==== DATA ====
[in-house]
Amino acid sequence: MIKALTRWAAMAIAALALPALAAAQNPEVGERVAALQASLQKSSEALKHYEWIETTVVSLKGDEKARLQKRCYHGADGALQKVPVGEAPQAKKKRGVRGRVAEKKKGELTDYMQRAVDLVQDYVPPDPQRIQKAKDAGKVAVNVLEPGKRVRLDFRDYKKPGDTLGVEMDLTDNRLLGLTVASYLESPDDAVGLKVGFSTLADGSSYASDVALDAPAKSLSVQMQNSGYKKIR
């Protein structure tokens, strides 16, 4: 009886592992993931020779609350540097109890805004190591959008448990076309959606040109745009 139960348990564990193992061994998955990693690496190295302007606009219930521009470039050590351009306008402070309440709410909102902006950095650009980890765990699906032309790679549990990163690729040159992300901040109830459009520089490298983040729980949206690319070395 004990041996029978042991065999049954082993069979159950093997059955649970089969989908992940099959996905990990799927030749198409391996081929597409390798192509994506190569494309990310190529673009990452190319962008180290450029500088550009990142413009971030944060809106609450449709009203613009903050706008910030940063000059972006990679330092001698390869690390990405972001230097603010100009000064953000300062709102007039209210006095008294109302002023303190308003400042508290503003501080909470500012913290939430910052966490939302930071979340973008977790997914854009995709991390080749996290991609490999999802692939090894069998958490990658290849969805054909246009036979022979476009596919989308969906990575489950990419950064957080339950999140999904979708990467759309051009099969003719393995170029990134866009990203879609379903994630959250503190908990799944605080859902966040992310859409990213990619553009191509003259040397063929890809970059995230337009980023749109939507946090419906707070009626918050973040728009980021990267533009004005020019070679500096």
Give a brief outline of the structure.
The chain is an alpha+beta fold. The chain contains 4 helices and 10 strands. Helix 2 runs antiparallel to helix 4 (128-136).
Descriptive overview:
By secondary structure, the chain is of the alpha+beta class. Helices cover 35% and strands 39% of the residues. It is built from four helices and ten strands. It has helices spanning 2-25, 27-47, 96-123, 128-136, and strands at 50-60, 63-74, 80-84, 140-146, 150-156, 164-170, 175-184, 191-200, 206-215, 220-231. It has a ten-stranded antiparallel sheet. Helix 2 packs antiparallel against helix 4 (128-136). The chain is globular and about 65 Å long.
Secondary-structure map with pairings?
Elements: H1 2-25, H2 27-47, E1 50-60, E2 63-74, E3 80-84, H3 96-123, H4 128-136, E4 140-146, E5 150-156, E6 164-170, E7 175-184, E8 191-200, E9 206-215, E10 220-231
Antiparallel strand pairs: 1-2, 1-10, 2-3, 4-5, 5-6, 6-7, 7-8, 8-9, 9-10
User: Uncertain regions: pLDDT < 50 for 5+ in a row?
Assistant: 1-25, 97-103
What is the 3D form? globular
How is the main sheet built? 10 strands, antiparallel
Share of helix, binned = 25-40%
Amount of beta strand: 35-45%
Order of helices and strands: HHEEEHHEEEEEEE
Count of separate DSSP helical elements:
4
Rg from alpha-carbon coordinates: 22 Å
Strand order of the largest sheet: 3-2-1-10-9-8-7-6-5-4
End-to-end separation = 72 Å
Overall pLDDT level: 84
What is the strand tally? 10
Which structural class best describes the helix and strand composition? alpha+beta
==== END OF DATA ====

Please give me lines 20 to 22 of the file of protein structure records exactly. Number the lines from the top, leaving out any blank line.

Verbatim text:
Rg from alpha-carbon coordinates: 22 Å
Strand order of the largest sheet: 3-2-1-10-9-8-7-6-5-4
End-to-end separation = 72 Å